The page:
Join a launch event this week
- P2PU: A Showcase of Open Peer Learning (Wednesday, March 13) – Join this webinar to see a showcase of some of P2PU’s best learning groups spanning topics from education to open content to programming to Spanish and more, and learn how you can participate.
- Open Video Sudan (all week, March 10-17) – Join the Open Video Forum in improving “A Look at Open Video” and creating new courses and resources on open video in Sudan.
And more events as part of Open Education Week at http://www.openeducationweek.org/events-webinars/.
Spread the word
Just do these 3 things and call it a day.
- 1. Tweet this:
#SchoolofOpen has launched! Take free courses on #copyright, #OER, #openscience & more: http://creativecommons.org/?p=37179
- 2. Blog and email this:
The School of Open has launched! Take a free online course on copyright, CC licenses, Wikipedia, open science, open culture, open video formats, and more at http://schoolofopen.org/. Especially check out this course: [link to course of your choice here]. Read more about the launch at http://creativecommons.org/weblog/entry/37179.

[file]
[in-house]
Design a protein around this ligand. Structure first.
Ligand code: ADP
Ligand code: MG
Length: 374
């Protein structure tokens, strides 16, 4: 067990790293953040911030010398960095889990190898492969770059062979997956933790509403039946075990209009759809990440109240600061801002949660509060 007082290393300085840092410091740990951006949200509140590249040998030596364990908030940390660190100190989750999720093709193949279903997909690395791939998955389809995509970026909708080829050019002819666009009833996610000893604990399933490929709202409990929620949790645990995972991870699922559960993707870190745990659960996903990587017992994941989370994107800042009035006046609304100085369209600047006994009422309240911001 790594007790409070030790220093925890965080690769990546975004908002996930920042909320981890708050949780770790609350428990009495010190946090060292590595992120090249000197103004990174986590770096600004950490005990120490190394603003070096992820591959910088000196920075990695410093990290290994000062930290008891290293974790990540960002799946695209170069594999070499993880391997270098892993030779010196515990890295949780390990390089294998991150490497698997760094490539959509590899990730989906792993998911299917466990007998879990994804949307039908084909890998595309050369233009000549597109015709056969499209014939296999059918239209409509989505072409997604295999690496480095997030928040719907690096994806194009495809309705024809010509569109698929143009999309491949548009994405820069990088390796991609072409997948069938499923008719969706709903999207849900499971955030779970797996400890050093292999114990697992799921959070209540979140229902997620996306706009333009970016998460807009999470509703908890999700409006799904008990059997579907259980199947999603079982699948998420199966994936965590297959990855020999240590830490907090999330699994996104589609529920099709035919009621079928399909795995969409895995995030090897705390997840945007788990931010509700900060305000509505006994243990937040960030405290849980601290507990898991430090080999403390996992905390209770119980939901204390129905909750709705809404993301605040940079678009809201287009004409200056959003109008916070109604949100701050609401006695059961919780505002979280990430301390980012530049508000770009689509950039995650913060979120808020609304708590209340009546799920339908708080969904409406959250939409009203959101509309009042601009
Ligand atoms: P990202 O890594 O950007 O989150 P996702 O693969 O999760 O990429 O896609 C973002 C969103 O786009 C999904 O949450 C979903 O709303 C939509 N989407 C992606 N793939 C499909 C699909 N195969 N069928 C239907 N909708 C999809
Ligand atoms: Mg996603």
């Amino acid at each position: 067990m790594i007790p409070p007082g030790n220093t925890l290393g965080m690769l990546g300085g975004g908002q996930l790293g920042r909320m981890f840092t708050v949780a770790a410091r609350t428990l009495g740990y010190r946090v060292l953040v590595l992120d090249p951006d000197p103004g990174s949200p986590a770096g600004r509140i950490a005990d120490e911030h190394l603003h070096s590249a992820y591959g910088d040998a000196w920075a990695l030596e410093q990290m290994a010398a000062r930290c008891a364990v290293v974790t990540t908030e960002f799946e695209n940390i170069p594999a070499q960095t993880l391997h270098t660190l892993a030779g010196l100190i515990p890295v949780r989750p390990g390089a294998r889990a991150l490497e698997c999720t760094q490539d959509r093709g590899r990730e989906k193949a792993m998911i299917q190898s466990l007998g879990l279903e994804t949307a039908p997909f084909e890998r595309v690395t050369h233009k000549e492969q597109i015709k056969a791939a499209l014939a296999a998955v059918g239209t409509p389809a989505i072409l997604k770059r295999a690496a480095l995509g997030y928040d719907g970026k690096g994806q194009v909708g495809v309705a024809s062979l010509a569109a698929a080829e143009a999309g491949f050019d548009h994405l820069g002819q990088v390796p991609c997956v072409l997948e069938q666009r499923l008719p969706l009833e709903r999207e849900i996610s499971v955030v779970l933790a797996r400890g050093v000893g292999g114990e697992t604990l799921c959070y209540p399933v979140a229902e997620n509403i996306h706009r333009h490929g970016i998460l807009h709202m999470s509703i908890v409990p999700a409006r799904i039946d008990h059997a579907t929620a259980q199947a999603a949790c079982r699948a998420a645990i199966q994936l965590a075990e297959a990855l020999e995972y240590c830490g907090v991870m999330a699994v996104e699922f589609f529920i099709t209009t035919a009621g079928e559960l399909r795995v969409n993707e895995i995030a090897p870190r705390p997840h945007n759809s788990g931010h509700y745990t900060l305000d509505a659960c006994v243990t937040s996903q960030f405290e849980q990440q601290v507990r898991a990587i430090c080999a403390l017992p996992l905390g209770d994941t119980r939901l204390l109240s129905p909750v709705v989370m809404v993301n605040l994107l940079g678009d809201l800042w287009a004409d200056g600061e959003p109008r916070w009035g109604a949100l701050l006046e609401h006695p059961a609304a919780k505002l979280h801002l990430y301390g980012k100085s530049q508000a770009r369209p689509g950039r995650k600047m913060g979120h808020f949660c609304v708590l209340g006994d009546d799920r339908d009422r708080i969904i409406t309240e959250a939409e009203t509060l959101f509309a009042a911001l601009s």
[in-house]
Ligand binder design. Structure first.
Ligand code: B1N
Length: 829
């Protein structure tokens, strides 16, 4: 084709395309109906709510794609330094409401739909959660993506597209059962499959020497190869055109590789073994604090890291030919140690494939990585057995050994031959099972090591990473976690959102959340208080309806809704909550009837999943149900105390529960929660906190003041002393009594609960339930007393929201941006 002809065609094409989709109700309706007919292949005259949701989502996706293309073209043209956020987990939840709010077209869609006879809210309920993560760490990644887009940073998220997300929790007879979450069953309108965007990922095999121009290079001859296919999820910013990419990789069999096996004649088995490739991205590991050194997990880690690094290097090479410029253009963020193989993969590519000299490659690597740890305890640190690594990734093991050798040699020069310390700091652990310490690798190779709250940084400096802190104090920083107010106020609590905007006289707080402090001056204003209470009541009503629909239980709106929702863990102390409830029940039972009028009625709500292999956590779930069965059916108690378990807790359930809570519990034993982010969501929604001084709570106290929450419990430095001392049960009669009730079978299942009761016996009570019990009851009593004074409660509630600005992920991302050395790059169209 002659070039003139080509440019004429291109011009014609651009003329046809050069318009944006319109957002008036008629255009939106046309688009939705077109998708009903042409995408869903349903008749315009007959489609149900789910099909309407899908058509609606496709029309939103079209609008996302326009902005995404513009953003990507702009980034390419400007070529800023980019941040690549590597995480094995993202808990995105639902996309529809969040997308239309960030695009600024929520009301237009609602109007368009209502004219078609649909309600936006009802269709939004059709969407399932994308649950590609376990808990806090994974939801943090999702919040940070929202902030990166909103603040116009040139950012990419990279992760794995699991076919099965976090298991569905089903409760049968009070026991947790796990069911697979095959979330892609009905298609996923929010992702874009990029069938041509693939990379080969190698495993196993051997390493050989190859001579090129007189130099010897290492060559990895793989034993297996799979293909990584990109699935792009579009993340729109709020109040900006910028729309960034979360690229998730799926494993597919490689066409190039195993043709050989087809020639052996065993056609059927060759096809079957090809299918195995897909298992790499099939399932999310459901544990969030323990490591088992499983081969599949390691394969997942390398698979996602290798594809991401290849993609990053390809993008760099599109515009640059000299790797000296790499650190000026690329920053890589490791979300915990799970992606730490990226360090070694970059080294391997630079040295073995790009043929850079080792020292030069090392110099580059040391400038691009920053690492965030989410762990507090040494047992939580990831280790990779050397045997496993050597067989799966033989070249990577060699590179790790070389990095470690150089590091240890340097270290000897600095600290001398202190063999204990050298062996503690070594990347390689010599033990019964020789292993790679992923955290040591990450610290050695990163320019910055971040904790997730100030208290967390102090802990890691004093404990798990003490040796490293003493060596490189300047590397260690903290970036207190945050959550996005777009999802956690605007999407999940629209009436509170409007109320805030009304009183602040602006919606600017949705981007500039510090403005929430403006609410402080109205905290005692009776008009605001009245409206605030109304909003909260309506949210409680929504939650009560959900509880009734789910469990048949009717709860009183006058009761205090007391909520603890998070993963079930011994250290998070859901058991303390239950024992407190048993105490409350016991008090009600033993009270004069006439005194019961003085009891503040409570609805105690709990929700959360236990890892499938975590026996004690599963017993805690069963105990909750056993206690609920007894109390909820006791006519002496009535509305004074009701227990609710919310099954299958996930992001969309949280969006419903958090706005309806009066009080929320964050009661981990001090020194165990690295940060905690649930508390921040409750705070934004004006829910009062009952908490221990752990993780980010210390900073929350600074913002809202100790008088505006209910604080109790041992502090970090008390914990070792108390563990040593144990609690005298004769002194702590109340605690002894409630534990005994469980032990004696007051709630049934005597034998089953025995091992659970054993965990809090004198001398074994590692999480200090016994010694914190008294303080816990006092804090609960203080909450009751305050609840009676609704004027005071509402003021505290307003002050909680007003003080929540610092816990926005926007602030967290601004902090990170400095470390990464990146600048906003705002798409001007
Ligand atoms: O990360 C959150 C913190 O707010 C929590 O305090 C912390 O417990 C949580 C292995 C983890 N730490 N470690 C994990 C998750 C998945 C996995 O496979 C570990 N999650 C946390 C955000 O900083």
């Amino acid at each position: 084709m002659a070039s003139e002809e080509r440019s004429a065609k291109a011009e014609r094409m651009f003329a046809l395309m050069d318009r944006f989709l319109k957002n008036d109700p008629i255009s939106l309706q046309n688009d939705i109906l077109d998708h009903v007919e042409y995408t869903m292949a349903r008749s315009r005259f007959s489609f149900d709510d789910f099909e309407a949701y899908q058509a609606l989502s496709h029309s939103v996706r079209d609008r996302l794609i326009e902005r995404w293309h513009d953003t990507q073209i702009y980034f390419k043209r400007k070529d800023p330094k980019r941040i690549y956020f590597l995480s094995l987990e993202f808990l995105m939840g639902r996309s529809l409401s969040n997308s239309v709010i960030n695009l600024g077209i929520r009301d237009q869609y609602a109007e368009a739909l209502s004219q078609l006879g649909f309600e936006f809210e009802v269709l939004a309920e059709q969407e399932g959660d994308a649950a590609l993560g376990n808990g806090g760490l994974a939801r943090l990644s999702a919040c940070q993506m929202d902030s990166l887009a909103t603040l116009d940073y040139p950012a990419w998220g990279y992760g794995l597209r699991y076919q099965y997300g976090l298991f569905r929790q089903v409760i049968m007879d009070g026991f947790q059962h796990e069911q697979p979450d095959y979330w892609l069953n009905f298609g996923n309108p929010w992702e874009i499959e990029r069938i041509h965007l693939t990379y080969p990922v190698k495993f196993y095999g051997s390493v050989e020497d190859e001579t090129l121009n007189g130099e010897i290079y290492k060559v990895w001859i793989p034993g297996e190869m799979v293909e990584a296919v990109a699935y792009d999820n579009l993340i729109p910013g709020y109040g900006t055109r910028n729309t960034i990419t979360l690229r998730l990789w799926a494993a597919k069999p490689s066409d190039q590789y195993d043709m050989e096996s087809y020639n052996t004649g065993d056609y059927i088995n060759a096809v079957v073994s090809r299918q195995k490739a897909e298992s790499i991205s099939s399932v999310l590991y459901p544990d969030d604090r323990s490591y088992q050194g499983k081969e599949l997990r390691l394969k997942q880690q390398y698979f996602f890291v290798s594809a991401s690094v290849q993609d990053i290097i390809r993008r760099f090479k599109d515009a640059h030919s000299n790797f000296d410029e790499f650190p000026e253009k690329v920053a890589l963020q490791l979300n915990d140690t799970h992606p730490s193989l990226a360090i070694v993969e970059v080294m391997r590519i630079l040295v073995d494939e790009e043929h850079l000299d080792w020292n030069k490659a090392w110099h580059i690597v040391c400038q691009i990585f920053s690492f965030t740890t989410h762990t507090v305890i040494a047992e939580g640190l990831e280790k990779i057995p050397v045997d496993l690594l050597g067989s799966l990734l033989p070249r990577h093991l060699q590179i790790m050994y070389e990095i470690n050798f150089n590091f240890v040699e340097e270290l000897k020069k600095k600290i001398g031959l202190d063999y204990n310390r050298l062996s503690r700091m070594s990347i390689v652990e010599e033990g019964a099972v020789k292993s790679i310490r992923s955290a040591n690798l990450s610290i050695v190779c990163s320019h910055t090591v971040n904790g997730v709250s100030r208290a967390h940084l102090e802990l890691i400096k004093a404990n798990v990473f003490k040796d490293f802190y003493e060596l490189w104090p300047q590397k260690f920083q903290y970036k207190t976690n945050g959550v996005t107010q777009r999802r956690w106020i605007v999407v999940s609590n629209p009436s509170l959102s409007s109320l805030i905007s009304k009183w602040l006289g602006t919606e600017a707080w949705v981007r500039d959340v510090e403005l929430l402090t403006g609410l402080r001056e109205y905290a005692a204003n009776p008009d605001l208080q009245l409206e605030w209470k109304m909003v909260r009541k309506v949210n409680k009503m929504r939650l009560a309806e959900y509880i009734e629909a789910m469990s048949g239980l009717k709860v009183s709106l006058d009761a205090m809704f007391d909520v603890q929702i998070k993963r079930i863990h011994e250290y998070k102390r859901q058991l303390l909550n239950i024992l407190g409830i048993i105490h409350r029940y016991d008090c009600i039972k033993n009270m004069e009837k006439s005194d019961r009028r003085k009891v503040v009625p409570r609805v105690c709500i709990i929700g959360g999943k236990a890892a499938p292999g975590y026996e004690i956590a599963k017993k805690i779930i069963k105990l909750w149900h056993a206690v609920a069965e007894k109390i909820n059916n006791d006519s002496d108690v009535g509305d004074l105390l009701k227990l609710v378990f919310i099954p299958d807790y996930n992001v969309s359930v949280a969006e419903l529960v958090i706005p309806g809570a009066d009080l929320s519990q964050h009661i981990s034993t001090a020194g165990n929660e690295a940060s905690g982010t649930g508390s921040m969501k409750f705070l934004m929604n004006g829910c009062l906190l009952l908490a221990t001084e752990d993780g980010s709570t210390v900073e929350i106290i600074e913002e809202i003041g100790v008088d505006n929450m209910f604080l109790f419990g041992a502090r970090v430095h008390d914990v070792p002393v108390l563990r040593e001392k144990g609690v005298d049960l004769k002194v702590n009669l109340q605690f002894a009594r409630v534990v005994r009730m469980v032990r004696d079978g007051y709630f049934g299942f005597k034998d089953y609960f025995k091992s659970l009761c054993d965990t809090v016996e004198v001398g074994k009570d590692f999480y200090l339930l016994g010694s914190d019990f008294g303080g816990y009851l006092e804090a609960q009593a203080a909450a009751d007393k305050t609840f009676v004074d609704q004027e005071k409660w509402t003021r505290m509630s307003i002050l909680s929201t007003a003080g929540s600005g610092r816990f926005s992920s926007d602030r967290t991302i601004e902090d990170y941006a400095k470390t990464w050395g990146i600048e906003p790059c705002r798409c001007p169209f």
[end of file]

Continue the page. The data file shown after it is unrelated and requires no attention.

- 3. Print out a copy of this pdf and pin it to the bulletin board at your work, school, or local coffee shop.
Today marks an historic step forward for public access to publicly funded research in the United States. The Fair Access to Science and Technology Research Act (FASTR) was introduced in both the House of Representatives and the Senate. FASTR requires federal agencies with annual extramural research budgets of $100 million or more to provide the public with online access to the research articles stemming from that funded research no later than six months after publication in a peer-reviewed journal.
If passed, the legislation would extend the current NIH Public Access Policy (with a shorter embargo) to other US federal agencies, such as the Department of Agriculture, Department of Energy, NASA, the National Science Foundation, and others.
The bill text is available here. The legislation was introduced with bi-partisan support in both the House and Senate. Sponsors include Sens. Cornyn (R-TX) and Wyden (D-OR), and Reps. Doyle (D-PA), Yoder (R-KS), and Lofgren (D-CA).